Give me the portion of goods that fall to me (Luke 15:12). The prodigal son knew what belonged to his father and if his father had it, that meant he had it. His father gave him what he asked for, but his problems began when he stopped obeying what he was taught by his father. He started doing things that sons shouldn’t do. The moment he disobeyed, he became a slave – to sin, debt, poverty.
But one day, his eyes were opened. He realized that he didn’t have to live the way he was living. He remembered that his father, who he had left, had hired servants who had enough bread. The prodigal son wasn’t just in a distant country, but he was in a distant relationship with his father. The moment he returned to his father, everything he lost was restored. The servants placed on him a robe, sandals and a ring. The ring signified that when he decreed a thing, it would be established and no one could change or alter what he had spoken.
The elder son was angry because he saw his brother living the way he should have been living. Although he had read the commandments and had not sinned against them, he still didn’t understand what belonged to him. All that I have is yours (Luke 15:31). Even though he took his anger out on his brother and father, he was really angry at himself because he didn’t know how to access what his father had already given him.
While the household was celebrating the return of the prodigal son, the elder son was outside when he should have been inside. He couldn’t believe his ears. Why were they celebrating? How could his brother who left his house and his country to become a citizen of another country, lose everything, return to his house and get back everything he lost? To him, that wasn’t fair, but it was fair. When the prodigal son asked for his portion, the father divided it between the elder and the younger. The elder had the same thing as his brother, but he didn’t do anything with what was given to him. (This reminds me of the parable of the talents in Matthew 25:14-30).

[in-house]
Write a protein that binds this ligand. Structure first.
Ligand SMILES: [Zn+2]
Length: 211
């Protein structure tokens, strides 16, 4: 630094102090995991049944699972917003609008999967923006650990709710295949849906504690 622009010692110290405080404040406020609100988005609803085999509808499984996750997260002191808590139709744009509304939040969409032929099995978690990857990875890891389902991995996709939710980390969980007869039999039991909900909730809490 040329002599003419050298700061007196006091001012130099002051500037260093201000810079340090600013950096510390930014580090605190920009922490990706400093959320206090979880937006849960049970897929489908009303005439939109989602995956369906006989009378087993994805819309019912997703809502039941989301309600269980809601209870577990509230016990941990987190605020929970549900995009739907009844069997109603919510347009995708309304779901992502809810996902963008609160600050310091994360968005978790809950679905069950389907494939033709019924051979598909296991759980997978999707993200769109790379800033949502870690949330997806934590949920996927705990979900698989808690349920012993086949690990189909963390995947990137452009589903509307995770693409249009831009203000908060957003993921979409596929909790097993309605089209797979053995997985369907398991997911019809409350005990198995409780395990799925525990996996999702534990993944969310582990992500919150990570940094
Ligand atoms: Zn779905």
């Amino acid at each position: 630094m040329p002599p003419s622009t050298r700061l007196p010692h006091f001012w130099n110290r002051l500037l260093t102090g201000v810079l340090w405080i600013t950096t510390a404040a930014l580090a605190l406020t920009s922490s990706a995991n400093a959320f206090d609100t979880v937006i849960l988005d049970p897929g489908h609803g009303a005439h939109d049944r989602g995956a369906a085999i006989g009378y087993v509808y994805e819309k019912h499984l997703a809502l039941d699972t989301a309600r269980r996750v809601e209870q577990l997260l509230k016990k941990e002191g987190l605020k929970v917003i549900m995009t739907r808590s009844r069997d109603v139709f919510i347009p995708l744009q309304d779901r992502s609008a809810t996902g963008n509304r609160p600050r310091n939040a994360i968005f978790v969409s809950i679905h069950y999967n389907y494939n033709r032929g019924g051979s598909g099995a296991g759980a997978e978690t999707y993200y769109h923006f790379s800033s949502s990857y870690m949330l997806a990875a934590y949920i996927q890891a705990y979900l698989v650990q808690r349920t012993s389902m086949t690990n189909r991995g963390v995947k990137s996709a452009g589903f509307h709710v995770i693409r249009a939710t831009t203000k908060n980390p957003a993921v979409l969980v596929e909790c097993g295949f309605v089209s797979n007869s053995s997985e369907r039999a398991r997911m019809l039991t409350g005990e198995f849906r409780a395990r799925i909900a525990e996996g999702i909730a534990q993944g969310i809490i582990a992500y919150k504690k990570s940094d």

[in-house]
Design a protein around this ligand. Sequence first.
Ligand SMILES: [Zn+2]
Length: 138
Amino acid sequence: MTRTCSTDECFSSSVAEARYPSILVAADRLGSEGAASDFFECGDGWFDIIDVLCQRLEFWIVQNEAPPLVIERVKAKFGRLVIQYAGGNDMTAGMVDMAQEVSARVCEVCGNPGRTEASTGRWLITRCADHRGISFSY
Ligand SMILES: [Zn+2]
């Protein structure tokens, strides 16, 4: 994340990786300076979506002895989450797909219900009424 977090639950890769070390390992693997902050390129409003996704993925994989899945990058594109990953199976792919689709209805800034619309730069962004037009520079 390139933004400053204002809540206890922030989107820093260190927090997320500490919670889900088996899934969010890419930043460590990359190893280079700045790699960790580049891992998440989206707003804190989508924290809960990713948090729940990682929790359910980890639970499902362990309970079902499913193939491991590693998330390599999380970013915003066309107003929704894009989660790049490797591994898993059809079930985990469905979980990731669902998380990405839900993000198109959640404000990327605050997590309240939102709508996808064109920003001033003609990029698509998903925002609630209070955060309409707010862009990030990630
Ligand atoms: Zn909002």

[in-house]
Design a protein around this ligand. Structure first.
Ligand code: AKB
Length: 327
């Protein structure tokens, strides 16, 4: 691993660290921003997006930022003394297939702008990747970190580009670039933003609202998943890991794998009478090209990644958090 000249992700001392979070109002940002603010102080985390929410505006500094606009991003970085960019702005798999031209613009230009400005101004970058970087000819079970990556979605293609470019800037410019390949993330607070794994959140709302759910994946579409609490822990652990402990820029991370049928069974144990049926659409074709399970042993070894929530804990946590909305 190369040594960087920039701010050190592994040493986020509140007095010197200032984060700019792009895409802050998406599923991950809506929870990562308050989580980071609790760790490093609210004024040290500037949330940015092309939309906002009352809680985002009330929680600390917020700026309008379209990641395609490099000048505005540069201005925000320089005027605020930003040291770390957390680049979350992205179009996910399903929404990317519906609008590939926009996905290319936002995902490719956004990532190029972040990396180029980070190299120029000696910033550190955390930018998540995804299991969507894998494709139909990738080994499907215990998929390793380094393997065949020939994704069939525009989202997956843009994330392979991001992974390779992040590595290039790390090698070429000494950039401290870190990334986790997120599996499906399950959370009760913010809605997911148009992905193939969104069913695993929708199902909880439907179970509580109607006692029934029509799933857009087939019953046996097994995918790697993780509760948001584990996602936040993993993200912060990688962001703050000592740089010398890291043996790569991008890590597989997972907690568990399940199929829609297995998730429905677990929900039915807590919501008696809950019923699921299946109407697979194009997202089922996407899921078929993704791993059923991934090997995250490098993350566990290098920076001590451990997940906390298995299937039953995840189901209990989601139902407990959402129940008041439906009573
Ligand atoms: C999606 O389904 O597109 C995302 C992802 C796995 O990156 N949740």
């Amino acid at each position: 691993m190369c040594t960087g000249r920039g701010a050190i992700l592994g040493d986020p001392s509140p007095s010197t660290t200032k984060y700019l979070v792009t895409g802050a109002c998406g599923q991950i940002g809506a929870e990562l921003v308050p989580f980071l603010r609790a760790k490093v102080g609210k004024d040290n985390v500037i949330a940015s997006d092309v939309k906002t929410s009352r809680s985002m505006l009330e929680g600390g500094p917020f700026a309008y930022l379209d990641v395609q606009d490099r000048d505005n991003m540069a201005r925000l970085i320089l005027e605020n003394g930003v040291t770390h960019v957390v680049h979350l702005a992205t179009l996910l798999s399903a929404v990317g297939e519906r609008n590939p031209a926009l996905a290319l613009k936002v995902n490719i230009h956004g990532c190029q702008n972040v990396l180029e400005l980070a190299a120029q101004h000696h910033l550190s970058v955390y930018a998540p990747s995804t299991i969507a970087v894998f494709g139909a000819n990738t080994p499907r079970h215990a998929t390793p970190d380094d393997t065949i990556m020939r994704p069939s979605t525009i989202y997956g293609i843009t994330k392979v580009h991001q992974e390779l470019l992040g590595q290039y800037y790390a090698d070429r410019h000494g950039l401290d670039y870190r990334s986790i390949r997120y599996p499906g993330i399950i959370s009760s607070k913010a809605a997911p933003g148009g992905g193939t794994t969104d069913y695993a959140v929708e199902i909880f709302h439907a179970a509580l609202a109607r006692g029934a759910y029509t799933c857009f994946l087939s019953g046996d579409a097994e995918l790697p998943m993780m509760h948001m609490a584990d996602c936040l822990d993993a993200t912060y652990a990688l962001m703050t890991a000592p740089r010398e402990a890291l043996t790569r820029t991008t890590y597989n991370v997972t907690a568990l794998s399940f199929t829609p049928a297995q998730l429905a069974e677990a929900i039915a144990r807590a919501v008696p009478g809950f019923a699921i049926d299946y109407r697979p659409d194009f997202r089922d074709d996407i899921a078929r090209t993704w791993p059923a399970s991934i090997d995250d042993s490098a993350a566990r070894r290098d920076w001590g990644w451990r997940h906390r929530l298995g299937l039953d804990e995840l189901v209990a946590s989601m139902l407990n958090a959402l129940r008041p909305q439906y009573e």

It took the prodigal son becoming a slave to discover that he was a son. He discovered that the things he was under were the things that he was created to rule over. He wasn’t created to toil or to beg.
The elder and the prodigal son lived in the same house. They had the same father. Isn’t it interesting how you can go to the same church with someone and hear the same sermon and the same instructions yet you’re still at the Jordan while others have already crossed the Jordan and entered the Promised Land? What did they do that you refused to do? Perhaps the problem has been that we like to hear a good word, but we don’t do anything with the information we hear in church because sometimes it’s not easy.
Do you think that leaving a country that was afar off to return to his home was easy for the prodigal son? It was a fight, but he walked until he walked himself out of his situation.
There is an enemy who is angry because he lost. He is angry that he got kicked out of heaven and he is doing everything he can to get you kicked out of the garden like Adam. He doesn’t want you to know who you are and what you have. He doesn’t want you to get everything that belongs to you.
Don’t do what the elder son did. He told the father what he didn’t have and what his father never gave him (Luke 15:29). Some of us do the same thing.
I don’t have the money to purchase a home.
I don’t have anyone to help me.
I don’t have a college degree.
This is why God asked Moses, What is that in your hand? Elisha asked the widow, What do you have in the house? I think sometimes we are so focused on what we don’t have that we can’t see what we do have.
May God not only reveal what He has given to us, but I pray that we use it for Him.
Refuse to be a church that is a hearer, but not a doer of the word.